8. Appraise the distributional implications of efficient adaptation plans
The NPV and IRR figures are proxies for economic efficiency, but do not account for any distributional and/or equity impacts arising, i.e. who are the winners and losers and how vulnerable are they to the patterns of possible public adaptation. This task explicitly integrates vulnerability analysis with the conventional economic measures of performance.
9. Provide recommendations on ‘optimal’ adaptation in the UK livestock sector. This task synthesises the outcomes of tasks 6 to 8 and provides a synopsis of our key findings with respect to the alternative adaptation plans.

10. Carry out final reporting and communication

While much of this research is desk based and derives from existing literature and forecasts (e.g. climate forecasts from UKCIP), stages 3, 4 and 7 will be based on an expert group input. Stage 3 will be based on primary modelling to generate new data. The expert groups will comprise livestock scientists from both the research and private sectors.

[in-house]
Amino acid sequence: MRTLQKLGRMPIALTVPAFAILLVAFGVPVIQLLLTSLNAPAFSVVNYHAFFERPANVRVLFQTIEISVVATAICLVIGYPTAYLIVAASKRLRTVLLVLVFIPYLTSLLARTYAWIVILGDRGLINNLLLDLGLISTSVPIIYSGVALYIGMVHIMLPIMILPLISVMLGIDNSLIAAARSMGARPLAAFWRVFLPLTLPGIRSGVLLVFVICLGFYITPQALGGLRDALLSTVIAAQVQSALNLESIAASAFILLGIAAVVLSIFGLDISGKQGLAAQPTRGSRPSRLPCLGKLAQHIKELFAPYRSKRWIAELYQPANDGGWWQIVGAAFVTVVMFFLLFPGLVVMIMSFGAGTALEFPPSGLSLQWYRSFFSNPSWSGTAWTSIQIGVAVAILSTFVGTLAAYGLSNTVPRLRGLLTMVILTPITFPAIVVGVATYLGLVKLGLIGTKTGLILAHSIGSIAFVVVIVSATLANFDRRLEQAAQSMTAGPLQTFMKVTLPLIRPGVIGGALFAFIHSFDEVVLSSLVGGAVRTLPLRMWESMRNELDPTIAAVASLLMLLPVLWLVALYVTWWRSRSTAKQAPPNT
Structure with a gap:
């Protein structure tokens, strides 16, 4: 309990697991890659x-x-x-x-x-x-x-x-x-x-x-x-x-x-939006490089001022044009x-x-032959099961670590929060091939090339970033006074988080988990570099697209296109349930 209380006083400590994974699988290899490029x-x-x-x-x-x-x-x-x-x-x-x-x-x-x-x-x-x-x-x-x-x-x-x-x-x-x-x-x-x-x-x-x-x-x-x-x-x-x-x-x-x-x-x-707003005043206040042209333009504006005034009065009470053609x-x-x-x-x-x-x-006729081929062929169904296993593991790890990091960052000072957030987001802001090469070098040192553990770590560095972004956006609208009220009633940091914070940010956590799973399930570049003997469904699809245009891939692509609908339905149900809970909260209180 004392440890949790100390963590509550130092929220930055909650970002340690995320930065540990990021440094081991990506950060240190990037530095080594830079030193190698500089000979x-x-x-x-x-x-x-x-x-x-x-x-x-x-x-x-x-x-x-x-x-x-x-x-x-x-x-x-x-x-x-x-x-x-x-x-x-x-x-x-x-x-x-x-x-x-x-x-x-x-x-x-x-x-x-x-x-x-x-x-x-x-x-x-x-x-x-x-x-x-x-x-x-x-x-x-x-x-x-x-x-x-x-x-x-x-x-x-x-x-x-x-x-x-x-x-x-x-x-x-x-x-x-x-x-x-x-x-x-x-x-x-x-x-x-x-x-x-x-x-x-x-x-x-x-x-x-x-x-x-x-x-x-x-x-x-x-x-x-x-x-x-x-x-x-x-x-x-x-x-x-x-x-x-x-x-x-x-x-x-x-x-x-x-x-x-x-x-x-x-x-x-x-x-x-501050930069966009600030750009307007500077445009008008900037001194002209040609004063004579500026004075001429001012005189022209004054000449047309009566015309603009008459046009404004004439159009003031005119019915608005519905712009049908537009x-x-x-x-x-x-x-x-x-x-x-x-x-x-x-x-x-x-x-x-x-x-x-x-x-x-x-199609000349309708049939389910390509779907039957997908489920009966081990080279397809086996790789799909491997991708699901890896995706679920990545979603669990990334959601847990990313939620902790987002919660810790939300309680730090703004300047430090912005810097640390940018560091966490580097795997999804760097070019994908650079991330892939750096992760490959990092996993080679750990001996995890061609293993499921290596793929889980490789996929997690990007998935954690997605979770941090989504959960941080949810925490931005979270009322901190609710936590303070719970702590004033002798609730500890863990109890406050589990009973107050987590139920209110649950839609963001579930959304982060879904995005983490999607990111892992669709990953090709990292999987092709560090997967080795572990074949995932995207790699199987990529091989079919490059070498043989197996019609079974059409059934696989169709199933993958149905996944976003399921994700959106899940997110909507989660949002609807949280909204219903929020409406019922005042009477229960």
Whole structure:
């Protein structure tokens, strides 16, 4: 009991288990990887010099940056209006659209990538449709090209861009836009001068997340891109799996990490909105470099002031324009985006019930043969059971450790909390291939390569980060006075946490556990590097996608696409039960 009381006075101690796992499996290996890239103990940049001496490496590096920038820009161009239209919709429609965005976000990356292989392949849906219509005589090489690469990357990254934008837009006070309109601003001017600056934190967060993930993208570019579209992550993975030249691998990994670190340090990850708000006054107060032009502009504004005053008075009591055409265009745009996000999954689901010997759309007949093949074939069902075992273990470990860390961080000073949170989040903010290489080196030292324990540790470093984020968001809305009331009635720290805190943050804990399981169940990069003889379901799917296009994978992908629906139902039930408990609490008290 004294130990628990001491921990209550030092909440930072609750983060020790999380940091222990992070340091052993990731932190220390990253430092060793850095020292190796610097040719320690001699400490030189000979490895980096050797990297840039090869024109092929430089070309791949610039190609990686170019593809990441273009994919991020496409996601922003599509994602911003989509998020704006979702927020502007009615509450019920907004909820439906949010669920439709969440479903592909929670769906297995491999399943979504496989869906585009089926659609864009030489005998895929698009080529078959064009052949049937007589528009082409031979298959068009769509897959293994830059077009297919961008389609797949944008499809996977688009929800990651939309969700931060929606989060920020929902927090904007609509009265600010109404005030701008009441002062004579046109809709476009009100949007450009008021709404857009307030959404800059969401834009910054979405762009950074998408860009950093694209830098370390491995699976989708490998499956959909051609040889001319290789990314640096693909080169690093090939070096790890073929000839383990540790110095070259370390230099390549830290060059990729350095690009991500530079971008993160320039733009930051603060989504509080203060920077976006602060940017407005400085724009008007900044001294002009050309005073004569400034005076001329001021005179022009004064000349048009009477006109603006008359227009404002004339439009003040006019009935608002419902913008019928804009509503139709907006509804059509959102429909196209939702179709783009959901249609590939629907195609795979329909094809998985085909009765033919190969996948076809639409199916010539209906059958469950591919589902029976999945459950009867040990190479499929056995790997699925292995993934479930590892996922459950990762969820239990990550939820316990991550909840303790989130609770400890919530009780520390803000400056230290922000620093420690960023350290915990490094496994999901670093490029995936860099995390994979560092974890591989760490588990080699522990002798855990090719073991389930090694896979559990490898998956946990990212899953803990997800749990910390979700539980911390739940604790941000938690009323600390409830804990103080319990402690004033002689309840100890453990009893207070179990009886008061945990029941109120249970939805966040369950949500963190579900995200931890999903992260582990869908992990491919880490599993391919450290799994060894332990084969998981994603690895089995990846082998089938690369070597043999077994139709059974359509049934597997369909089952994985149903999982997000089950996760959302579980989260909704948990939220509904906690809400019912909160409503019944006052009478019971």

Project Documents
• Final Report : Climate change impacts on the livestock sector   (1765k)
• Final Report - Annex : Climate change impacts on the livestock sector   (1874k)
• Final Report - SID5 : Climate change impacts on the livestock sector   (375k)
Time-Scale and Cost
From: 2007

To: 2009

Cost: £199,661
Contractor / Funded Organisations
SAC Commercial Ltd
Keywords
Climate and Weather              
Climate Change              
Environmental Protection              
Impact              
Livestock              
Sustainable Production              
Fields of Study
Agriculture and Climate Change